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Big Brother is real—and you are Big Brother.
The character from George Orwell’s novel 1984 kept an eye on everyone and over the years has been used to symbolize governments and other entities that wish to control people by continually watching them.
But these days, social media make us all Big Brother: we watch the mistakes others make and tell the world about them. And that’s why both individuals and companies should analyze the following cases to turn mistakes into successes.
#1 Not Connecting Proves Costly
Kelly Blazek created a job bank for professionals in marketing and publications in Cleveland. A young job seeker named Diana Mekota sent Blazek an invitation to connect on LinkedIn and received a stinging response from Blazek in return. Blazek basically told Mekota that her invitation was inappropriate and that Mekota had no right to expect her to share her 960+ contacts. Mekota posted Blazek’s response and it went viral. The negative response has basically driven Blazek into hiding, at least on social media.
- The public nature of social media communication calls for restraint and self-editing, always
- LinkedIn is built for connections, not to tell people to go away
- It’s fine to turn down a connection, but scolding a prospective contact is counterproductive, especially if you are scolding them for wanting to connect on a social network: this is like scolding someone for coming up to talk to you at a networking event
- Connecting with someone on LinkedIn does not automatically give you access to their contacts, so Blazek cited a reason for not connecting that makes no sense
#2 Social Media on Autopilot Crashes
As part of a promotion, Oreo automatically replied with a programmed tweet to anyone who participated. This led to Oreo cheerfully replying to someone with a racist Twitter handle:
Obviously, the brand is not advocating racism, this is clear. But it’s the kind of poor brand alignment that’s fairly easy to avoid with a bit of forethought.
- Resist automation with social media interaction, even if your firm is doing it on a mass scale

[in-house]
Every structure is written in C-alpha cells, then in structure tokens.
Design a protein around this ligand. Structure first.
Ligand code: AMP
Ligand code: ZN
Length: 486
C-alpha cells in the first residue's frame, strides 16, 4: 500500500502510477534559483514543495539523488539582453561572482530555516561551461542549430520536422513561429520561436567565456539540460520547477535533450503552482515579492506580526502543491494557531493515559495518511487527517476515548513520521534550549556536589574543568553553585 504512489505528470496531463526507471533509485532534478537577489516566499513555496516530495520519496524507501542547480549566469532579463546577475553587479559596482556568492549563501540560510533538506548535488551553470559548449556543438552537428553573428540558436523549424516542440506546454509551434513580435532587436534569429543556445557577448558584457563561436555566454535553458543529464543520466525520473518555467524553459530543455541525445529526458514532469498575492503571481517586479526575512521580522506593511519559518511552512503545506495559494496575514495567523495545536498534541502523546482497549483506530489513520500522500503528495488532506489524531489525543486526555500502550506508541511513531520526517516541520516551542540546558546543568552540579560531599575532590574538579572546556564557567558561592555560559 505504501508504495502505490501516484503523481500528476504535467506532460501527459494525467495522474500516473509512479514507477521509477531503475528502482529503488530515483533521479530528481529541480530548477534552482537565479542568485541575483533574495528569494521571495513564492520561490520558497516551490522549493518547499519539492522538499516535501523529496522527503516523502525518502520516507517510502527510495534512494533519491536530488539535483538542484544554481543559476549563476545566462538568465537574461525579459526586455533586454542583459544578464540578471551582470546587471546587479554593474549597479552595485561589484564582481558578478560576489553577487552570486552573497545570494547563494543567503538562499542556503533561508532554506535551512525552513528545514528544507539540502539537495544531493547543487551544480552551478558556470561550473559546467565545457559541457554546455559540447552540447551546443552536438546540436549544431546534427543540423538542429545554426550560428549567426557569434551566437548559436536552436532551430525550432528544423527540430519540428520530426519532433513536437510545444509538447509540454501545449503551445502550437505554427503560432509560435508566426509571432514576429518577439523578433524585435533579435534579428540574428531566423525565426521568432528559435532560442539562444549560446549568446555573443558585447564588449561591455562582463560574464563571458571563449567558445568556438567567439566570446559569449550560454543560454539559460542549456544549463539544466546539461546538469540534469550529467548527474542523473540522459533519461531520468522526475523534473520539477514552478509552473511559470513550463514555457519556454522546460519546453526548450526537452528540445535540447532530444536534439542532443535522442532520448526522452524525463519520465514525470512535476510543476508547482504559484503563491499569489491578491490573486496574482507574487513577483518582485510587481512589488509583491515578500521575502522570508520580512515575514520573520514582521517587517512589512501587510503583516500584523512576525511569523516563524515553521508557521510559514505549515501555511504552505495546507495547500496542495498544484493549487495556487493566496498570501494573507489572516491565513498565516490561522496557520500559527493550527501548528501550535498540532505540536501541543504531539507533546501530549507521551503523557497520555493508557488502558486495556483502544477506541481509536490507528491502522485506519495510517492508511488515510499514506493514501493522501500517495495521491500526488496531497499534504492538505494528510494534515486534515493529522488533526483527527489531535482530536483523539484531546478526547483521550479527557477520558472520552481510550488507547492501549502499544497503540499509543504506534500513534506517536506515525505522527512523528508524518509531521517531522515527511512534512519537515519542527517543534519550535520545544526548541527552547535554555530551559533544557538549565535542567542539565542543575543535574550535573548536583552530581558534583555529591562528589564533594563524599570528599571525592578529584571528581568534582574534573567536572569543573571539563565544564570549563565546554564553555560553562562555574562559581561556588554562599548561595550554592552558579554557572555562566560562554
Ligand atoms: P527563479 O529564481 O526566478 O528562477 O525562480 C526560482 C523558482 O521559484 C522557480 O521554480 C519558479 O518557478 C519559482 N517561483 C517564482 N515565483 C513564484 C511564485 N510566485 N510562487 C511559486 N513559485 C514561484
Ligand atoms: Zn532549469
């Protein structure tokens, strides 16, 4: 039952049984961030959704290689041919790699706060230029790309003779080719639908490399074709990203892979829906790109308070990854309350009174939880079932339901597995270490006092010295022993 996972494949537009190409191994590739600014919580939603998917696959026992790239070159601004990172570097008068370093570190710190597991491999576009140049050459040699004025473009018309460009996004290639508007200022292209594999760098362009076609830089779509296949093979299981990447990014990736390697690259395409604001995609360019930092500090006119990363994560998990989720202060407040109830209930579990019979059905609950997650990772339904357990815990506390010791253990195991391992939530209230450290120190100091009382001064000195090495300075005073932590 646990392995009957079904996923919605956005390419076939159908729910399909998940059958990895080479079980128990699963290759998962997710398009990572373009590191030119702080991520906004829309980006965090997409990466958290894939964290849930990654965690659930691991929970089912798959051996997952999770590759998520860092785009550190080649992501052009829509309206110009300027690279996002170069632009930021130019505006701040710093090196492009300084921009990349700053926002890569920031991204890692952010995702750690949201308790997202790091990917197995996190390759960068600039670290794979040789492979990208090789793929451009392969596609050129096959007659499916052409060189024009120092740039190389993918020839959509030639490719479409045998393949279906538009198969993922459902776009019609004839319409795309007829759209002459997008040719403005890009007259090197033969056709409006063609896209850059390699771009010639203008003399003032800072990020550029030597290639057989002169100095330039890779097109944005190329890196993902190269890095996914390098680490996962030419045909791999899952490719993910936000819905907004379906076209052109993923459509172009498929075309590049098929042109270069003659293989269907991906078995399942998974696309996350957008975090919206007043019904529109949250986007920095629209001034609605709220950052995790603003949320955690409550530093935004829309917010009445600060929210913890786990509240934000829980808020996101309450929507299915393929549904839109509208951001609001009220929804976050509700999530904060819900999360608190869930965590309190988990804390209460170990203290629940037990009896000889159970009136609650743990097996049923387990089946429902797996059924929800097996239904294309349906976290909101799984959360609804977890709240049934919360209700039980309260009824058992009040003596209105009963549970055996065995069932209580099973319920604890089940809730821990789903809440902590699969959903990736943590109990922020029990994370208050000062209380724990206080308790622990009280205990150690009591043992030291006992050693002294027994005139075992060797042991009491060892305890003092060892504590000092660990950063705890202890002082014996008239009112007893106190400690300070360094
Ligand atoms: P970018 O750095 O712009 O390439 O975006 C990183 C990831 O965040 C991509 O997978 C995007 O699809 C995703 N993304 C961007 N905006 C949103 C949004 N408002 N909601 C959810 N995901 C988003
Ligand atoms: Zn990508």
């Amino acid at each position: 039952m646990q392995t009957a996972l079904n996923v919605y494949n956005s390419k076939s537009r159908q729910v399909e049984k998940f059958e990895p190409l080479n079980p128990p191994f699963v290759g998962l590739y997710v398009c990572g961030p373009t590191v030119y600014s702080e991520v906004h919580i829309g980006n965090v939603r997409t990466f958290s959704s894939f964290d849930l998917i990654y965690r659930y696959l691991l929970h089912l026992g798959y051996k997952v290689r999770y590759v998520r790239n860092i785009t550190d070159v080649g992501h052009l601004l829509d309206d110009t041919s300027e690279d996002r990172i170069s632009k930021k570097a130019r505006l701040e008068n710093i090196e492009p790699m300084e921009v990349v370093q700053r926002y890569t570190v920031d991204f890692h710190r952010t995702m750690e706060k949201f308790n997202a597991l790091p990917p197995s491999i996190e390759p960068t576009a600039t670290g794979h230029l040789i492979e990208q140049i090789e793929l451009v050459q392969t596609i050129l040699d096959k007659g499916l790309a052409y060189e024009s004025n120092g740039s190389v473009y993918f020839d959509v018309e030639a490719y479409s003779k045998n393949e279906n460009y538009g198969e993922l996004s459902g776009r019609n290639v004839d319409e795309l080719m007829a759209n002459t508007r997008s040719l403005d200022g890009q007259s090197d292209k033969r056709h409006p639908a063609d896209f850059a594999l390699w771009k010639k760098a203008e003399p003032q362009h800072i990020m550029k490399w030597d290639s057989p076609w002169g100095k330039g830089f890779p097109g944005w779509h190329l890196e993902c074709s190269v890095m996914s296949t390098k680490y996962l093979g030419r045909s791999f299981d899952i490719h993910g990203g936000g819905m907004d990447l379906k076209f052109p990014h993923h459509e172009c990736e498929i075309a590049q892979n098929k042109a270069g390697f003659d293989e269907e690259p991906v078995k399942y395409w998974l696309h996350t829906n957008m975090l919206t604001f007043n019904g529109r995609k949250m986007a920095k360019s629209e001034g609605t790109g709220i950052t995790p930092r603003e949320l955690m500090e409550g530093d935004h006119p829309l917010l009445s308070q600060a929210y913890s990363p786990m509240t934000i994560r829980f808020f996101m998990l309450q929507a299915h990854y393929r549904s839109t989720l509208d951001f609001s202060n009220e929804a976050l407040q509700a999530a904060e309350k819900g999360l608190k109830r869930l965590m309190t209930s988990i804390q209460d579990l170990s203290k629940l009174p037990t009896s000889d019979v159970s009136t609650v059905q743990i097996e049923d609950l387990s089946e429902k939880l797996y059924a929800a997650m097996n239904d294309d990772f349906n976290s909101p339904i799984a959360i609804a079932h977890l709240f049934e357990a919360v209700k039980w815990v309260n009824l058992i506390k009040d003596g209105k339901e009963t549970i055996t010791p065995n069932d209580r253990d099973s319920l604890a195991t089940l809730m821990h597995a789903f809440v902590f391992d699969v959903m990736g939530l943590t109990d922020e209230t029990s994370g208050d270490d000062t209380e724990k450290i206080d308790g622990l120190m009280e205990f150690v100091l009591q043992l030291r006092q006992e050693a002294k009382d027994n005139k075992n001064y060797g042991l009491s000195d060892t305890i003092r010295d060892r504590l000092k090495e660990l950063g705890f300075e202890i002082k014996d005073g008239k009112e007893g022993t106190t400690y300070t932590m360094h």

- A large-scale conversation via social media is still a conversation, and needs to be treated that way, with an organic approach
#3 Make Good Matches
In 2011, for some reason fashion brand Kenneth Cole decided to reference the uprising in Egypt:
Not surprisingly, it caused a backlash to relate the fashion brand’s spring collection to a revolution. The brand took a brief break, then in 2013, during the standoff with Syria, it posted:
In 2012, for some strange reason Gap decided to reference Hurricane Sandy:
Obviously, not a good idea to segue from a devastating storm to shopping at your brand’s web site.
Not to be outdone in the apparent insensitivity contest, Urban Outfitters also chimed in about the storm:
- Think before you tweet, especially on hot trending topics
- Political events or tragedies tend to deliver massive amounts of tweets, but this flood is NOT an opportunity to sell something, any more than a funeral is a good place to sell life insurance
- Social media messages are more effective when pared to a customer’s needs or wants rather than forcibly piggybacked onto whatever news story is hot at the moment
#4 Nonsensical Comparisons
A Facebook update from London Luton indicated that they were such a good airport, planes don’t end up in the middle of streets:
This photo came after an accident at Midway Airport in which a plane slid off a runway. A six-year-old boy was killed.
So the comparison is between one airport that did not have an accident and one that did…as a differentiator? Yeah, not exactly the kind of USP that Philip Kotler is likely to recommend that a brand should highlight.
- Do not associate your brand with tragedy, ever
- Do not associate your brand with a major fear among people being realized
- Do not force me to write a tip that should be ragingly obvious
#5 Say It Strategically or Shut Up